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UN Human Rights Council Fails To Appoint Turkmen Envoy

Turkmen President Gurbanguly Berdymukhammedov
(RFE/RL) -- The UN's Human Rights Council (UNHRC) has voted against appointing a special rapporteur for Turkmenistan.

The decision was met with disappointment among human rights campaigners, who have been lobbying for more scrutiny of Turkmenistan.

Former Turkmen President Saparmurat Niyazov, who died in December 2006, was notorious for his reclusive, authoritarian policies and dismal human rights record. Turkmenistan watchers say little has improved under the country's current leader, Gurbanguly Berdymukhammedov.

"Unfortunately, nothing has changed for my friends in Turkmenistan," says Leonid Komarovsky, a former Russian journalist and a U.S. citizen who spent five months in a Turkmen prison after being accused of plotting to assassinate Niyazov in 2002. "Their situation remains awful. The election of an new president has not brought any changes. The current regime is as abominable as the previous one and continues to brutalize the Turkmen people. Such a regime has no right to exist."

Komarovsky, who was released without charges following pressure from Washington, says he was beaten and drugged while in prison.

Another Setback?

Some see the Turkmen decision as yet another setback for the Human Rights Council, which has been criticized for falling short of its mission to combat rights abuses worldwide. It's not the first time the UNHRC has been blamed for lacking teeth.

The council was established in 2006 to replace the UN Human Rights Commission, which itself was widely discredited for including some of the world's biggest rights violators.

Rights organizations say the Geneva-based body has since taken some positive steps, such as denying membership to Belarus and Sri Lanka, two countries with notably poor human rights credentials. But Sebastien Gillioz of Human Rights Watch says that on the whole, the council so far has failed to live up to its stated mission.

"On some issues, and mostly on country-specific situations, it's not delivering properly," Gillioz says. "There are some improvements, but on the core issues it still lacks responsiveness and adequate action. So I'm not sure we are really reconvinced about this council. But we're still working on it and making sure it gets on track and does what it's supposed to do."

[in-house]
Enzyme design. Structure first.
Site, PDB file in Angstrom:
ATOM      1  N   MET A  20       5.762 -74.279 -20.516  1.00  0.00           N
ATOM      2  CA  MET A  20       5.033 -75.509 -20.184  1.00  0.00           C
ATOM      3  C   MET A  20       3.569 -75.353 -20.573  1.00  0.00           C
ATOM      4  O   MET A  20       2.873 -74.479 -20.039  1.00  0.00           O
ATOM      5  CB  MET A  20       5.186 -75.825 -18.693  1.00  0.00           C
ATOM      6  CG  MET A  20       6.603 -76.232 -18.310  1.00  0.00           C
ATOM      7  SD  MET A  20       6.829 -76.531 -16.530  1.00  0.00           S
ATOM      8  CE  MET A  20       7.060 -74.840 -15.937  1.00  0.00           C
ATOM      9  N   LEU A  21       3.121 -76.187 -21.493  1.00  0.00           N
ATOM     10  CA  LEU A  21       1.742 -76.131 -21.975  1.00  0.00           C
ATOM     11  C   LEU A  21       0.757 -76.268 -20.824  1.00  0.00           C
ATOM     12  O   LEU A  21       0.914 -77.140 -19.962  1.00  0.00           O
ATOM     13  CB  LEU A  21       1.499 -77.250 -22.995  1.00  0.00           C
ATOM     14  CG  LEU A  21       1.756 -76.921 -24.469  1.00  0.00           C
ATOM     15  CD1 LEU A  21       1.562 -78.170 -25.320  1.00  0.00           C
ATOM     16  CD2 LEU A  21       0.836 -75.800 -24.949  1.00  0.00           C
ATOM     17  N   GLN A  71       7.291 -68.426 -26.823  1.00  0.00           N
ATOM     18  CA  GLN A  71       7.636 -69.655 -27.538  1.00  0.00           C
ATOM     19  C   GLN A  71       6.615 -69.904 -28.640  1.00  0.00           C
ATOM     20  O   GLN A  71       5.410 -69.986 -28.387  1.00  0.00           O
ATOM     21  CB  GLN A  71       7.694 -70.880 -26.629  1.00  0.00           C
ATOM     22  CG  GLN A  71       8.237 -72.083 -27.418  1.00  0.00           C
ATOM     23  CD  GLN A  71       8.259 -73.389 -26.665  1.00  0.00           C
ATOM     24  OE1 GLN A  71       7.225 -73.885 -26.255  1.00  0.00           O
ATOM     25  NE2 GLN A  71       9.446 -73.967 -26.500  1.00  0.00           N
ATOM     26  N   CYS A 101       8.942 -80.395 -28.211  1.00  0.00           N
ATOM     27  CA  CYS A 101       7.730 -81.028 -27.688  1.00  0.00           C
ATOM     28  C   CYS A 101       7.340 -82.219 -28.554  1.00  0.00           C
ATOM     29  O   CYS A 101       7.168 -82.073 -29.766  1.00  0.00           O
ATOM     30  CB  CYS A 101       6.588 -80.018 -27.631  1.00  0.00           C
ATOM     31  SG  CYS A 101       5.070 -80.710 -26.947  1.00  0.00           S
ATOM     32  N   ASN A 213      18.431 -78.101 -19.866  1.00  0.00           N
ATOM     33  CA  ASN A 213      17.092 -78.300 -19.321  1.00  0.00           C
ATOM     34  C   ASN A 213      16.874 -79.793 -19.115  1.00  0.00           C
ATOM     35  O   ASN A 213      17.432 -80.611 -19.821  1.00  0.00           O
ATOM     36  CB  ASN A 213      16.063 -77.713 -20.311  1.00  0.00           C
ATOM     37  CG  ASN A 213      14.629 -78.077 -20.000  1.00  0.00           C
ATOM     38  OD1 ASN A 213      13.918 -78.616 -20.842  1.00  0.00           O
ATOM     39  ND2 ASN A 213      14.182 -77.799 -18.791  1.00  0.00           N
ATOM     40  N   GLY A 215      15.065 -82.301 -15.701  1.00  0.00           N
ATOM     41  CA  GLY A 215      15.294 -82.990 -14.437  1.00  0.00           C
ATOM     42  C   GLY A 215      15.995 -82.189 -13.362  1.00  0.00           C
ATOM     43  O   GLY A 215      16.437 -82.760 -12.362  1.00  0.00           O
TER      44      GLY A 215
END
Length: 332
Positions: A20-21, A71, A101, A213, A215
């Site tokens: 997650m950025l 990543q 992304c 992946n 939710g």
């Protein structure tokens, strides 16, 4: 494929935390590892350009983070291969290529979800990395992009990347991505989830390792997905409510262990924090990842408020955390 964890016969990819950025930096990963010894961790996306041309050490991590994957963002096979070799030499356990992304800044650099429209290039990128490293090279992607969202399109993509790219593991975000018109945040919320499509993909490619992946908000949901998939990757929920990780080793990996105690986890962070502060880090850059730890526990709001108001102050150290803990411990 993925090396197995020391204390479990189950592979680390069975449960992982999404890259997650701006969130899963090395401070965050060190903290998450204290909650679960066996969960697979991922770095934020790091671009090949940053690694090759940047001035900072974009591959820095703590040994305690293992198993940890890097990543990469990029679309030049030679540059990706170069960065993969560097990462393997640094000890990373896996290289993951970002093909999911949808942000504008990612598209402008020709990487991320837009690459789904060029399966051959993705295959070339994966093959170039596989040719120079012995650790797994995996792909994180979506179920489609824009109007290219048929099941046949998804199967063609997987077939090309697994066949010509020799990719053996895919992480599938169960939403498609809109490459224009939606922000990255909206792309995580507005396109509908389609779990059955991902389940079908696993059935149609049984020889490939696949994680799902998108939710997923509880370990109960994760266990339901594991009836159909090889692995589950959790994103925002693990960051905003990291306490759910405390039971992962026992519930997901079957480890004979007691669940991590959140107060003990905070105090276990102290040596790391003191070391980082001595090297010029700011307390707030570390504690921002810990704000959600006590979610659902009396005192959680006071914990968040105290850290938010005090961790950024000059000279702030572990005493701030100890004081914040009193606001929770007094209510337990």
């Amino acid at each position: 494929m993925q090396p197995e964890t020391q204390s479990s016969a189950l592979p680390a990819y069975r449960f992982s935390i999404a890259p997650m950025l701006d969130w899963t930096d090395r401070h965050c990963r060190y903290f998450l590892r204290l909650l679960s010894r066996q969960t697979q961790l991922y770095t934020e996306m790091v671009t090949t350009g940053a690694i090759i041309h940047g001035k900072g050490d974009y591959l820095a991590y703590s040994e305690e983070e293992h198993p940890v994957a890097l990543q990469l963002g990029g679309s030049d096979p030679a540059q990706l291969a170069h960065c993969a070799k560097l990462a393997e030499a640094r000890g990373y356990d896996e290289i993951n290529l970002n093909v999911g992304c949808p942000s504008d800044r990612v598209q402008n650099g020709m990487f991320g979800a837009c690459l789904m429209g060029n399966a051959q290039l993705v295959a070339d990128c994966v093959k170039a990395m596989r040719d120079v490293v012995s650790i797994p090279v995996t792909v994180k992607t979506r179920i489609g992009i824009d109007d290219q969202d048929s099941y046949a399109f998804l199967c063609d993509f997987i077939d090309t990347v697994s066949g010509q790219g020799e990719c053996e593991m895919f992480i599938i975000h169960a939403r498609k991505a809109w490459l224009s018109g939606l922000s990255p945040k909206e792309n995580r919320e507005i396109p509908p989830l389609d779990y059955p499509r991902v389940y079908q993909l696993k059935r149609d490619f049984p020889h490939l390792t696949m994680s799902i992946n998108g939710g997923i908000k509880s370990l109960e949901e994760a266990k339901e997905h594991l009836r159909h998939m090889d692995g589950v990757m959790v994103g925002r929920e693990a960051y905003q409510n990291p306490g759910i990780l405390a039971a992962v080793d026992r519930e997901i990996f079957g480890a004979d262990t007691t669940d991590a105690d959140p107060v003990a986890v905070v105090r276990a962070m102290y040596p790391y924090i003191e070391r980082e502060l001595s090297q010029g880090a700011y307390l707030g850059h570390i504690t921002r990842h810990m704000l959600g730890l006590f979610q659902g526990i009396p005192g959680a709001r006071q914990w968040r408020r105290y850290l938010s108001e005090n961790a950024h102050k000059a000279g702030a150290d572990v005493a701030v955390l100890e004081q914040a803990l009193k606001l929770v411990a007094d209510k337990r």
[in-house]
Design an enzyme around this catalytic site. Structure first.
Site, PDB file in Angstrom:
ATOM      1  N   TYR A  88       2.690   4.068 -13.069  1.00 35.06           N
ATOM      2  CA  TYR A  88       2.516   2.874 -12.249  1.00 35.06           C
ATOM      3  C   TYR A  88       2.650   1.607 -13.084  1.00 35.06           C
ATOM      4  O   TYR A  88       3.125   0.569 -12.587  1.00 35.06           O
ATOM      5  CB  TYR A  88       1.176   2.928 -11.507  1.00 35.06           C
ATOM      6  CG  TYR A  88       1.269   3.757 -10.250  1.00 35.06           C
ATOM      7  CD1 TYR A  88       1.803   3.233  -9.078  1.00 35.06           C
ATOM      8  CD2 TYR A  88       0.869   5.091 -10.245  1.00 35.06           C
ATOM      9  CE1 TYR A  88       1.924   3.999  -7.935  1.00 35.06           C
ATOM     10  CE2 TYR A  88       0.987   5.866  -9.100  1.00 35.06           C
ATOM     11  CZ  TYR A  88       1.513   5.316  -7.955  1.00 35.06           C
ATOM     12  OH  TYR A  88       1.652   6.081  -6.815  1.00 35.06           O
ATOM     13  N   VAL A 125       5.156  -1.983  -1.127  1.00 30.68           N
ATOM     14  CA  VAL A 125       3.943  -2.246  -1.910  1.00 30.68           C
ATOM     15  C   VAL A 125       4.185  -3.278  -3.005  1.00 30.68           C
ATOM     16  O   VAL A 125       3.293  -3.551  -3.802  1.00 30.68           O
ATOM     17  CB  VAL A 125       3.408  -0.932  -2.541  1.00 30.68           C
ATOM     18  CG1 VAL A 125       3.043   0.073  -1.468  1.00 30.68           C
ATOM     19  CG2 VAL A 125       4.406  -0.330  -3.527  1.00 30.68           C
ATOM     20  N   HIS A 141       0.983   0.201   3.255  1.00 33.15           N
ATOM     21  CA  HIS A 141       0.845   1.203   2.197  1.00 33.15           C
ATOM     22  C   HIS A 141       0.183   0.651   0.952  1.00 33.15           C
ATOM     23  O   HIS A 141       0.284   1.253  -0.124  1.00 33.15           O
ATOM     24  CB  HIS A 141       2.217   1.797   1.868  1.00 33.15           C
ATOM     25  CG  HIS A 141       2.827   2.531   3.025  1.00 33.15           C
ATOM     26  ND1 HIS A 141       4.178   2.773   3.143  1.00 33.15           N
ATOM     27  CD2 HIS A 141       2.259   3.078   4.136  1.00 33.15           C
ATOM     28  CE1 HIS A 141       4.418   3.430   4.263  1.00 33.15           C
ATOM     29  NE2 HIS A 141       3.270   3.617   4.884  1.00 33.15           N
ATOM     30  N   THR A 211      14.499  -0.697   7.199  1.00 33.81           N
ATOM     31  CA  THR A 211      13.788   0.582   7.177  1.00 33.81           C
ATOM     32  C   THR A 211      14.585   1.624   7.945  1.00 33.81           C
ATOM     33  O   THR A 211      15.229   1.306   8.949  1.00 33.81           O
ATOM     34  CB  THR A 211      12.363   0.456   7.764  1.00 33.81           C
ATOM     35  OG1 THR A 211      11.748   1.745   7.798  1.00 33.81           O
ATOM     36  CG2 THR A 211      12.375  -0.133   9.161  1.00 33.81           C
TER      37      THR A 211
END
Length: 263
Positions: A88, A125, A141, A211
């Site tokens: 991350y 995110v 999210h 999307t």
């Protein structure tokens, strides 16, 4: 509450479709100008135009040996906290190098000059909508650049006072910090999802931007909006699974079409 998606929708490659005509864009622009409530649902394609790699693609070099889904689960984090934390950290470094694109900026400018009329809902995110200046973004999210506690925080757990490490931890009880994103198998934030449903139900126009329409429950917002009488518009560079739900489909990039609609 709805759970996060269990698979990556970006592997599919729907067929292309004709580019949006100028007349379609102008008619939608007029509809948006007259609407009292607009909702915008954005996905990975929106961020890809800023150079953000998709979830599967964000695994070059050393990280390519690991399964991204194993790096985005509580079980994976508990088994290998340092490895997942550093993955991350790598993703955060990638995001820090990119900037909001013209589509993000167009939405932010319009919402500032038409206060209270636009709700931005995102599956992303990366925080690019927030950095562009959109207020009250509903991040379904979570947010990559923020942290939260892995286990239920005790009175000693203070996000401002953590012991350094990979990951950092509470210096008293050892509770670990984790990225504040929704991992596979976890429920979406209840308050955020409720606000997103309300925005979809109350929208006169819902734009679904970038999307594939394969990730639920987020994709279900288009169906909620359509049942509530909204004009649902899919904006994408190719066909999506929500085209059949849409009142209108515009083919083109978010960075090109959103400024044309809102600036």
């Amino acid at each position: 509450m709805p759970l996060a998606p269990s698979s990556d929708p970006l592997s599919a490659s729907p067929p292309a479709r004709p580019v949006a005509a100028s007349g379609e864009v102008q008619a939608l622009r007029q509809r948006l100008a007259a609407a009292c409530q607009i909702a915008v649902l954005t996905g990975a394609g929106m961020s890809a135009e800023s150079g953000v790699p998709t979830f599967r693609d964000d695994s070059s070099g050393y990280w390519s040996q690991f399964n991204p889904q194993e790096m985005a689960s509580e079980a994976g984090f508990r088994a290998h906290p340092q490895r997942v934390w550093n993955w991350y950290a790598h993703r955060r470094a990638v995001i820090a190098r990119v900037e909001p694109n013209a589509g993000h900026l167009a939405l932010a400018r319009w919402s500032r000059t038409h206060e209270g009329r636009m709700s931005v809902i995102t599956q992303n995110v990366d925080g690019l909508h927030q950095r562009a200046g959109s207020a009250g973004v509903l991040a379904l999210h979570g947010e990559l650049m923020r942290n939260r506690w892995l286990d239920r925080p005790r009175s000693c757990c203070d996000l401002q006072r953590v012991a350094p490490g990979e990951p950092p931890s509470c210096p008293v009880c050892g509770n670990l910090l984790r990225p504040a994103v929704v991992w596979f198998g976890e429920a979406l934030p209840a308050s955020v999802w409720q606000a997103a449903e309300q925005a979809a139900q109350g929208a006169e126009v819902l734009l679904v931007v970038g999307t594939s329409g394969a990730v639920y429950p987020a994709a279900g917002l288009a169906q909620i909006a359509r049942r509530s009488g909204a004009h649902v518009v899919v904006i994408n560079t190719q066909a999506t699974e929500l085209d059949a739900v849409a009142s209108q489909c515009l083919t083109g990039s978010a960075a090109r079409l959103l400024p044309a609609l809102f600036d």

The council, which is dominated by Muslim nations, has also been criticized for bias against Israel in its conflict with the Palestinians.

Archbishop Desmond Tutu, who is currently compiling a report on Israeli-Palestinian violence, urged the UNHRC on September 18 to show the same commitment to protecting citizens on both sides of the conflict.

Reasons Unclear

In the case of Turkmenistan, why the council decided against appointing a special rapporteur is still unclear, since the vote was taken behind closed doors. The council declined to comment on the decision to RFE/RL, citing the vote's confidential nature.

What is clear, however, is that Turkmenistan is not yet off the hook at the UNHRC.

"All UN members will be reviewed, and in December it's time for Turkmenistan, among others, to be reviewed," Gillioz says. "It's a public process, it's a political process, and a set of recommendations will be adopted after that review. In addition, the special rapporteur on freedom of religion, who visited the country a few weeks ago, will deliver her report in March. So there is a lot of pressure now on Turkmenistan, and that's a positive outcome for us."

During last week's vote, the body's 47 members also demanded that Turkmenistan responds to the numerous individual complaints that have amassed against the country since 2003. These relate to accusations of disappearances, arbitrary detention, torture, assassination, and press freedom violations.

The UNHRC will follow up on the matter at its next session in March 2009.

RFE/RL's Turkmen Service contributed to this report.

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